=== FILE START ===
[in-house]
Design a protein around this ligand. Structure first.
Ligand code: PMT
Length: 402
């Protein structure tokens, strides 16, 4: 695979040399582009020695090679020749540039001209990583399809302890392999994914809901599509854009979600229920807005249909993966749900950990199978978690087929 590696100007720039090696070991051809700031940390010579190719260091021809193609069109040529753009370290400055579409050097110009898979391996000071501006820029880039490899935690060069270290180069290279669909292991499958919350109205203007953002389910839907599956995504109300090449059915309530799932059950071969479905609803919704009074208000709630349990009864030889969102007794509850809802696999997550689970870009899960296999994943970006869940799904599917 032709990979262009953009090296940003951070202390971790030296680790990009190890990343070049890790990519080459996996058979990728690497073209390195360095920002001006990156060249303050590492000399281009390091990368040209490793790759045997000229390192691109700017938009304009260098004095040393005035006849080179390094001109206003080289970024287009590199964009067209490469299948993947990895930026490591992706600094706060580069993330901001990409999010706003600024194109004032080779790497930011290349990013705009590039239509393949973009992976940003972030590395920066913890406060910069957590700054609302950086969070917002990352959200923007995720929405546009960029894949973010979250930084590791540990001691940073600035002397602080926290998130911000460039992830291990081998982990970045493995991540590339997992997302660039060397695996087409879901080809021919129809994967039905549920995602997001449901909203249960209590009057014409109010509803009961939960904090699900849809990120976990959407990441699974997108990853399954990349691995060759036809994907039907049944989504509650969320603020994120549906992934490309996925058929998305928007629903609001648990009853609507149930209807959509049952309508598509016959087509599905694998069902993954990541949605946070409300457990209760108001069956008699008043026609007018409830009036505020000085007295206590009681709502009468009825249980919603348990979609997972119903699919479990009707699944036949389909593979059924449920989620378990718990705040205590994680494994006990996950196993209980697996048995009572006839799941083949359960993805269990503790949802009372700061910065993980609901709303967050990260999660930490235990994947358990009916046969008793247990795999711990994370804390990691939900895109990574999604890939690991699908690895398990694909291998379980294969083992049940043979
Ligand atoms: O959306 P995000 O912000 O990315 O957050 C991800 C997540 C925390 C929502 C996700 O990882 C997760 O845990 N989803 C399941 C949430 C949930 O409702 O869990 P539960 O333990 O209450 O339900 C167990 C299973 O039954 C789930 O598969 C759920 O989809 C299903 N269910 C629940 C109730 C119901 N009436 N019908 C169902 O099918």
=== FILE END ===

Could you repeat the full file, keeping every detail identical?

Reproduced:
[in-house]
Design a protein around this ligand. Structure first.
Ligand code: PMT
Length: 402
């Protein structure tokens, strides 16, 4: 695979040399582009020695090679020749540039001209990583399809302890392999994914809901599509854009979600229920807005249909993966749900950990199978978690087929 590696100007720039090696070991051809700031940390010579190719260091021809193609069109040529753009370290400055579409050097110009898979391996000071501006820029880039490899935690060069270290180069290279669909292991499958919350109205203007953002389910839907599956995504109300090449059915309530799932059950071969479905609803919704009074208000709630349990009864030889969102007794509850809802696999997550689970870009899960296999994943970006869940799904599917 032709990979262009953009090296940003951070202390971790030296680790990009190890990343070049890790990519080459996996058979990728690497073209390195360095920002001006990156060249303050590492000399281009390091990368040209490793790759045997000229390192691109700017938009304009260098004095040393005035006849080179390094001109206003080289970024287009590199964009067209490469299948993947990895930026490591992706600094706060580069993330901001990409999010706003600024194109004032080779790497930011290349990013705009590039239509393949973009992976940003972030590395920066913890406060910069957590700054609302950086969070917002990352959200923007995720929405546009960029894949973010979250930084590791540990001691940073600035002397602080926290998130911000460039992830291990081998982990970045493995991540590339997992997302660039060397695996087409879901080809021919129809994967039905549920995602997001449901909203249960209590009057014409109010509803009961939960904090699900849809990120976990959407990441699974997108990853399954990349691995060759036809994907039907049944989504509650969320603020994120549906992934490309996925058929998305928007629903609001648990009853609507149930209807959509049952309508598509016959087509599905694998069902993954990541949605946070409300457990209760108001069956008699008043026609007018409830009036505020000085007295206590009681709502009468009825249980919603348990979609997972119903699919479990009707699944036949389909593979059924449920989620378990718990705040205590994680494994006990996950196993209980697996048995009572006839799941083949359960993805269990503790949802009372700061910065993980609901709303967050990260999660930490235990994947358990009916046969008793247990795999711990994370804390990691939900895109990574999604890939690991699908690895398990694909291998379980294969083992049940043979
Ligand atoms: O959306 P995000 O912000 O990315 O957050 C991800 C997540 C925390 C929502 C996700 O990882 C997760 O845990 N989803 C399941 C949430 C949930 O409702 O869990 P539960 O333990 O209450 O339900 C167990 C299973 O039954 C789930 O598969 C759920 O989809 C299903 N269910 C629940 C109730 C119901 N009436 N019908 C169902 O099918």